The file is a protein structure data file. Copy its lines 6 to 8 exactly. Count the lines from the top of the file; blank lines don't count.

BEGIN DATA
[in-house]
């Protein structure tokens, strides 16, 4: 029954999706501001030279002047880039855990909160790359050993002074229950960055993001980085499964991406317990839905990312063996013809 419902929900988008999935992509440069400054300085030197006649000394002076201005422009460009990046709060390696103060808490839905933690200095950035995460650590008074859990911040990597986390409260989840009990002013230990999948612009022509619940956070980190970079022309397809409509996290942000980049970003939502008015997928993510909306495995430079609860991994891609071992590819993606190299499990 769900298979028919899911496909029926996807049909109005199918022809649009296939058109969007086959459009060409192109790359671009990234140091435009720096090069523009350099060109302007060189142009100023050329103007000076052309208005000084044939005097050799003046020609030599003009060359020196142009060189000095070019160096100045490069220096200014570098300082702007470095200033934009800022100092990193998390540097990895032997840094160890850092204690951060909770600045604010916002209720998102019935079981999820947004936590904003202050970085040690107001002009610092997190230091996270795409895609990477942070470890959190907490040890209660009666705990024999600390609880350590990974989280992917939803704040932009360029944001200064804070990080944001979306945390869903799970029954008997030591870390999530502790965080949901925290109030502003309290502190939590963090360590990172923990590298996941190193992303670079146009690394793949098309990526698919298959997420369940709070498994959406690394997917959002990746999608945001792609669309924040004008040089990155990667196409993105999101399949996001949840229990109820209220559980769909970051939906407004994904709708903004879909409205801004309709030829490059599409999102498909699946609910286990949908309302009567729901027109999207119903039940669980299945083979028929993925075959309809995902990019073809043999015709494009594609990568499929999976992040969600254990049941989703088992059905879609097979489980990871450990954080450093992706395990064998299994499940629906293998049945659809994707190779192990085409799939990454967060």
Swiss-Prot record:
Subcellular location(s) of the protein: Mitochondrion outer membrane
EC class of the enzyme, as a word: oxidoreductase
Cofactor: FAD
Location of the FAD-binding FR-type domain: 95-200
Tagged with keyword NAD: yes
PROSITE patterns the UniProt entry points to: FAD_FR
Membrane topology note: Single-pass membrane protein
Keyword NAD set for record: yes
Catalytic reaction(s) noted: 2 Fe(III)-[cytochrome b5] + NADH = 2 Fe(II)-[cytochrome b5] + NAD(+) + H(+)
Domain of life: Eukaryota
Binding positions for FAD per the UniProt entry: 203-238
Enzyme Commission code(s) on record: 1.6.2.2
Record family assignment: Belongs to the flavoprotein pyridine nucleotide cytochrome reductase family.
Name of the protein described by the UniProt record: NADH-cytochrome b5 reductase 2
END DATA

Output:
Cofactor: FAD
Location of the FAD-binding FR-type domain: 95-200
Tagged with keyword NAD: yes